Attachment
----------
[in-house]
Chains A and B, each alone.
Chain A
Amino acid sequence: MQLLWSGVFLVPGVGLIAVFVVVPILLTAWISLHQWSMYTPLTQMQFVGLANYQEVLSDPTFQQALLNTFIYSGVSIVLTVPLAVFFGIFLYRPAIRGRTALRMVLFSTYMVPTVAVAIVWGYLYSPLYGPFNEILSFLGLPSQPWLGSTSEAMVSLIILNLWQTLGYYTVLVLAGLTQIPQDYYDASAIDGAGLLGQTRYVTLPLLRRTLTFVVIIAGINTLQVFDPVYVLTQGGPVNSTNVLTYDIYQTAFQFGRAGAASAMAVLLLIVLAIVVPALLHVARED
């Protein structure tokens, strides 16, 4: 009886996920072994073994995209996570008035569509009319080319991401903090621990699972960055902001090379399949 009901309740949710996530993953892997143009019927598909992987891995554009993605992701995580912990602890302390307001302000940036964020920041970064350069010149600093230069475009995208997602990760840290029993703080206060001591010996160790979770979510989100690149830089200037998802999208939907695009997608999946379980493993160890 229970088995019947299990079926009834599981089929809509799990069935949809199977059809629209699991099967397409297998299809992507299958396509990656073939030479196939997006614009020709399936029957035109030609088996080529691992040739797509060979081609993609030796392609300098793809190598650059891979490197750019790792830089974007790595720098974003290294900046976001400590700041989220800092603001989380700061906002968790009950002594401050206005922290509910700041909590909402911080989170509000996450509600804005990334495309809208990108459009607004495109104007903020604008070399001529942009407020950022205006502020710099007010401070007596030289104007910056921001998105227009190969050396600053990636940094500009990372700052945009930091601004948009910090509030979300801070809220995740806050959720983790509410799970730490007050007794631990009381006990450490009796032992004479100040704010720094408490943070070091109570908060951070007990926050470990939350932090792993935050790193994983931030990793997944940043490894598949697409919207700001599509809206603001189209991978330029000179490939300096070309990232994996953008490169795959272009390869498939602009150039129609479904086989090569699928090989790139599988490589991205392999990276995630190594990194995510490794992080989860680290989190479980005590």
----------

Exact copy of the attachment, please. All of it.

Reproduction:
[in-house]
Chains A and B, each alone.
Chain A
Amino acid sequence: MQLLWSGVFLVPGVGLIAVFVVVPILLTAWISLHQWSMYTPLTQMQFVGLANYQEVLSDPTFQQALLNTFIYSGVSIVLTVPLAVFFGIFLYRPAIRGRTALRMVLFSTYMVPTVAVAIVWGYLYSPLYGPFNEILSFLGLPSQPWLGSTSEAMVSLIILNLWQTLGYYTVLVLAGLTQIPQDYYDASAIDGAGLLGQTRYVTLPLLRRTLTFVVIIAGINTLQVFDPVYVLTQGGPVNSTNVLTYDIYQTAFQFGRAGAASAMAVLLLIVLAIVVPALLHVARED
């Protein structure tokens, strides 16, 4: 009886996920072994073994995209996570008035569509009319080319991401903090621990699972960055902001090379399949 009901309740949710996530993953892997143009019927598909992987891995554009993605992701995580912990602890302390307001302000940036964020920041970064350069010149600093230069475009995208997602990760840290029993703080206060001591010996160790979770979510989100690149830089200037998802999208939907695009997608999946379980493993160890 229970088995019947299990079926009834599981089929809509799990069935949809199977059809629209699991099967397409297998299809992507299958396509990656073939030479196939997006614009020709399936029957035109030609088996080529691992040739797509060979081609993609030796392609300098793809190598650059891979490197750019790792830089974007790595720098974003290294900046976001400590700041989220800092603001989380700061906002968790009950002594401050206005922290509910700041909590909402911080989170509000996450509600804005990334495309809208990108459009607004495109104007903020604008070399001529942009407020950022205006502020710099007010401070007596030289104007910056921001998105227009190969050396600053990636940094500009990372700052945009930091601004948009910090509030979300801070809220995740806050959720983790509410799970730490007050007794631990009381006990450490009796032992004479100040704010720094408490943070070091109570908060951070007990926050470990939350932090792993935050790193994983931030990793997944940043490894598949697409919207700001599509809206603001189209991978330029000179490939300096070309990232994996953008490169795959272009390869498939602009150039129609479904086989090569699928090989790139599988490589991205392999990276995630190594990194995510490794992080989860680290989190479980005590």